Saying goodbye to a country is hard – I know, I’ve done it three times

I am NOT a good goodbye person. I’m way overly sentimental, I’m all too acutely aware that once you say goodbye to a place you’ve lived in that even visiting will never be the same again, and I miss both people and things long and badly.

I blogged just recently about the sadness of leaving new homes abroad, and how I had grown to accept that as a peril of expat life. But yesterday Tsh at The Art of Simple – who has just taken off with her family of five to travel the world for a year – wrote about how to say goodbye properly when you leave somewhere. She even mentioned that making your goodbyes good ones was emphasised in an expat/returnee workshop she once attended, and I thought – this is brilliant, and so true, and how come over all these years of speaking with others who’ve left places and had reverse culture shock, and my own experiences, nobody mentioned this before!

So, this got me thinking about the kinds of goodbyes I’d had when leaving various places, and I realised that my sentimental nature (and desire to hold on to all those last moments so tightly!) had meant that my goodbyes were quite “good” ones, which has probably helped me over the years. Even the photos on my hard drive feature special folders for farewells for each country – saying goodbye is something I’ve definitely placed a lot of importance on.

Saying goodbye to Japan: Sayonara parties

When I taught English in Japan, the sayonara party was a regular event – I knew lots of other expat teachers and they were regularly moving on, and, well, any excuse for a party, right? The Japanese friends I made, along with my students, were also always ready to show their gratitude for someone who was leaving. There would be no sneaking away from Japan.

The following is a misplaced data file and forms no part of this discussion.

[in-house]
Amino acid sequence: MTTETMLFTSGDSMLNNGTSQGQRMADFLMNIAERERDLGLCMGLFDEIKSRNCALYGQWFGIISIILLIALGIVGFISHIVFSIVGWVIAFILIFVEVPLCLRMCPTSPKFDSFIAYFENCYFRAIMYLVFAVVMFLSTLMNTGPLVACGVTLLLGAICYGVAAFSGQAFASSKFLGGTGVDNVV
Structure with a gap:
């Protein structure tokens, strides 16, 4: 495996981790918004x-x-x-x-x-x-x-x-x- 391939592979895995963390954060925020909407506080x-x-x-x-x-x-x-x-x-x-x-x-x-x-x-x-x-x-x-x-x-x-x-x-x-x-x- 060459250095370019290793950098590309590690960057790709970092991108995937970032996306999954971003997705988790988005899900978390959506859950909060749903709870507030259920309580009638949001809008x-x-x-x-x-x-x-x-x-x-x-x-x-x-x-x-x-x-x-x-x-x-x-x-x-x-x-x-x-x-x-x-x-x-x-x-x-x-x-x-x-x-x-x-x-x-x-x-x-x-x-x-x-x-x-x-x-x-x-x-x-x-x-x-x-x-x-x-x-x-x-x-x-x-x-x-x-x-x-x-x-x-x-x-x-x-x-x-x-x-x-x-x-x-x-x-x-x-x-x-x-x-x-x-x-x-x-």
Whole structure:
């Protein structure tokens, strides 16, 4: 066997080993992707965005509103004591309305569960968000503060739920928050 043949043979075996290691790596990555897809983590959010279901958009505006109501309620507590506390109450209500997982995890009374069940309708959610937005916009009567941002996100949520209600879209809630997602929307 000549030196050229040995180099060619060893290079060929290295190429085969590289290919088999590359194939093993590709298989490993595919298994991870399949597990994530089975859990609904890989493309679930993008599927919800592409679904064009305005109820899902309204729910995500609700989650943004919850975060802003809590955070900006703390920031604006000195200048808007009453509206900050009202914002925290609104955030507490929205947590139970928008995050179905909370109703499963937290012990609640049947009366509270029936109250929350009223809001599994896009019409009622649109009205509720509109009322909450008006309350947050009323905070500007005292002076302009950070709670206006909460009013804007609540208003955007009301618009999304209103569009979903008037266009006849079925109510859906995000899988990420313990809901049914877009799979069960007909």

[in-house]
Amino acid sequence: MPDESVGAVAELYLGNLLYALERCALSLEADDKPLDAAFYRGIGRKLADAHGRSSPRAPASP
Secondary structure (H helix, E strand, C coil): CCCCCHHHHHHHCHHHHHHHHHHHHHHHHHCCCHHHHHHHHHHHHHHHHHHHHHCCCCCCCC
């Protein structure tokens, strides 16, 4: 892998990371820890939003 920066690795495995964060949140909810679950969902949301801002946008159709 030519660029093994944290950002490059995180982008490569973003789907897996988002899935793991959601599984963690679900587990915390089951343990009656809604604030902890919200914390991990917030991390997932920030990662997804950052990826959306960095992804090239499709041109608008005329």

Saying goodbye to a country - Sayonara Japan

With some of my gorgeous students at my farewell party in Osaka, Japan

I was lucky enough to teach at an especially small school (despite being in not-at-all-small Osaka) and to stay there for my entire two years, and I had made some really close friendships with many of the students, even if I didn’t see them outside of class (and technically speaking we weren’t even allowed to socialise at all with students … ). I will always remember that four lovely women in particular decided to organised a farewell party for me at an izakaya nearby, and they went all out to make it memorable – there were signs and special photos and speeches and more. I was looking forward to this party so much that even coming down with chicken pox that week didn’t stop me (I did ask everyone first if they minded me coming along a bit sick – nobody did!). I was inundated with gifts and the beautiful letters and cards that they wrote have stayed with me as a reminder of so many great moments I experienced in Japan – and they sustained me during my first bout of reverse culture shock when I holidayed back in Australia for a month. Oh, I read those notes so many times! It was a good goodbye, and I needed that.

Saying goodbye to Slovakia: “I’ll never see you again!”